No. Guest Name Music to pair Wine to pair
15 Liam Mycroft Eric Clapton – Bad Love Bodegas Garzon Albariño
14 Lee Isaacs The Rolling Stones – Gimme Shelter Domaine Jones Fitou
13 Sharon L Souls Of Mischief –  93 ‘Til Infinity Penfolds RWT
12 Tim Milford Copland’s Fanfare for the Common Man Nyetimber Classic Cuvée
11 Mags McKee U2 with BB King –  When Love Comes to Town Pittnauer Zweigelt Heideboden
10 Cara Rutherford The Cure – Just Like Heaven Suertes del Marqués ‘7 Fuentes’
9 Melanie May The Cult –  She Sells Sanctuary Sipp Mack GC Rosacker Riesling
8 James Hubbard Gary Moore – Parisienne Walkways Penfolds Bin 707 Cab Sauv
7 Paul Moran Underworld – Rez Suertes del Marqués Trenzado
6 Nirina Plunkett Jamiroquai – Space Cowboy Club Remix Wolfberger Crémant d’Alsace
5 Penny Sadler Fleetwood Mac – Dreams Bollinger Special Cuvée
4 Jim Dunlop The Beatles – The Long And Winding Road Man O’ War Valhalla Chardonnay
3 Avril Kirrane McMorrough Norah Jones – Don’t Know Why Joseph Cattin Riesling Reserve
2 Tim of Soliciting Flavours Samuel Barber’s Adagio for Strings Viña Tondonia Blanco
1 Sinéad Smyth Stardust – Music Sounds Better With You Mullineux Syrah
Make Mine A Double, Tasting Events

A Pair of Pretty Pinots [Make Mine a Double #58]

Pinot Noir can be tricky to make well.  It is very particular about the climate it’s grown in – not too hot, not too cold.  Here are a pair of antipodean cool climate Pinots that are worth your hard-earned:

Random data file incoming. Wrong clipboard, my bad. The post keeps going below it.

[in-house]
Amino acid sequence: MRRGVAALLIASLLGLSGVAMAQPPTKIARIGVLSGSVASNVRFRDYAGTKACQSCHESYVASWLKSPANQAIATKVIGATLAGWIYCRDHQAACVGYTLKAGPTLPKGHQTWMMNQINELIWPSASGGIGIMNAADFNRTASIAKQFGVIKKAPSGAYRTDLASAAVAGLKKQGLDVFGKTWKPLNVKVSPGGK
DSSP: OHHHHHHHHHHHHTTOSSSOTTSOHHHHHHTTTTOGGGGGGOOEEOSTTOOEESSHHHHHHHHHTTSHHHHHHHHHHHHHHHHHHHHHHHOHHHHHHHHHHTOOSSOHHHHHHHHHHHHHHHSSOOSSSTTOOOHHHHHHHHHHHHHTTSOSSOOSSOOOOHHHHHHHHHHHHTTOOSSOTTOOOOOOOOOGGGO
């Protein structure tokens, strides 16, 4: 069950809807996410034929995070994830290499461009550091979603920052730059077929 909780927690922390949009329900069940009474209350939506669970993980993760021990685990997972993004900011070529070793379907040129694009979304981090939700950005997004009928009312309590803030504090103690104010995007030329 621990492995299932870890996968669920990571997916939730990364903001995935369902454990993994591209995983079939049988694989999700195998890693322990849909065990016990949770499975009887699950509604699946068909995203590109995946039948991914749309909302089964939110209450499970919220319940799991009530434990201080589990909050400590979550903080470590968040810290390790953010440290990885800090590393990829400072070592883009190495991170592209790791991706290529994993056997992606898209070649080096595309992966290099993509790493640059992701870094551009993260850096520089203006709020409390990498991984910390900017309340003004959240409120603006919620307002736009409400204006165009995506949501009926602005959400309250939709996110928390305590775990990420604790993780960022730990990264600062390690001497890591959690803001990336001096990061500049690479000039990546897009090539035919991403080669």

Innocent Bystander Yarra Valley Pinot Noir 2018

Innocent Bystander Pinot Noir

The Yarra Valley is part of the Port Philip zone which surrounds Melbourne in Australia.  Its proximity to Melbourne makes it a popular wine tourism destination; indeed, my first trip there was on a day trip wine tour from Melbourne.  That should not detract from its status as one of the best cool climate regions of Australia, with Chardonnay and Pinot Noir starring – both still and sparkling.

Innocent Bystander was founded in 1996 by Phil Sexton after selling his previous Margaret River venture Devil’s Lair.  Innocent Bystander (IB) wines are often blends from multiple sites to achieve complexity and balance at a reasonable price point.  Alongside IB, in 1998 Sexton also began creating single vineyard wines under the Giant Steps label.